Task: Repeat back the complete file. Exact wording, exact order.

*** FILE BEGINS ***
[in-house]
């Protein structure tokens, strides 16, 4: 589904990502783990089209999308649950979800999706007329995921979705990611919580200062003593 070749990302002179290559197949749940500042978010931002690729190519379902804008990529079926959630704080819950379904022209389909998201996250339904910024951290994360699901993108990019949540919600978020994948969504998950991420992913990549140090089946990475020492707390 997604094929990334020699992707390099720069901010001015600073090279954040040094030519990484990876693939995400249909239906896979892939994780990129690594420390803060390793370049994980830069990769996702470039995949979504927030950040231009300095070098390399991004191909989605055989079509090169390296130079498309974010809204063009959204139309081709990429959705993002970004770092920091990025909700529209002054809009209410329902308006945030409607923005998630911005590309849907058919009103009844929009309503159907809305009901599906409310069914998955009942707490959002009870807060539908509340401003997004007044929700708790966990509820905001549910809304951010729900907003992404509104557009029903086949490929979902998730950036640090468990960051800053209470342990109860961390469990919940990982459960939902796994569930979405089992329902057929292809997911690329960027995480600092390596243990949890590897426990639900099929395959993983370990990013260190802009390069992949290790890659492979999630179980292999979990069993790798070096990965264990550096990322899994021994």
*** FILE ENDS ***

[in-house]
């Protein structure tokens, strides 16, 4: 589904990502783990089209999308649950979800999706007329995921979705990611919580200062003593 070749990302002179290559197949749940500042978010931002690729190519379902804008990529079926959630704080819950379904022209389909998201996250339904910024951290994360699901993108990019949540919600978020994948969504998950991420992913990549140090089946990475020492707390 997604094929990334020699992707390099720069901010001015600073090279954040040094030519990484990876693939995400249909239906896979892939994780990129690594420390803060390793370049994980830069990769996702470039995949979504927030950040231009300095070098390399991004191909989605055989079509090169390296130079498309974010809204063009959204139309081709990429959705993002970004770092920091990025909700529209002054809009209410329902308006945030409607923005998630911005590309849907058919009103009844929009309503159907809305009901599906409310069914998955009942707490959002009870807060539908509340401003997004007044929700708790966990509820905001549910809304951010729900907003992404509104557009029903086949490929979902998730950036640090468990960051800053209470342990109860961390469990919940990982459960939902796994569930979405089992329902057929292809997911690329960027995480600092390596243990949890590897426990639900099929395959993983370990990013260190802009390069992949290790890659492979999630179980292999979990069993790798070096990965264990550096990322899994021994």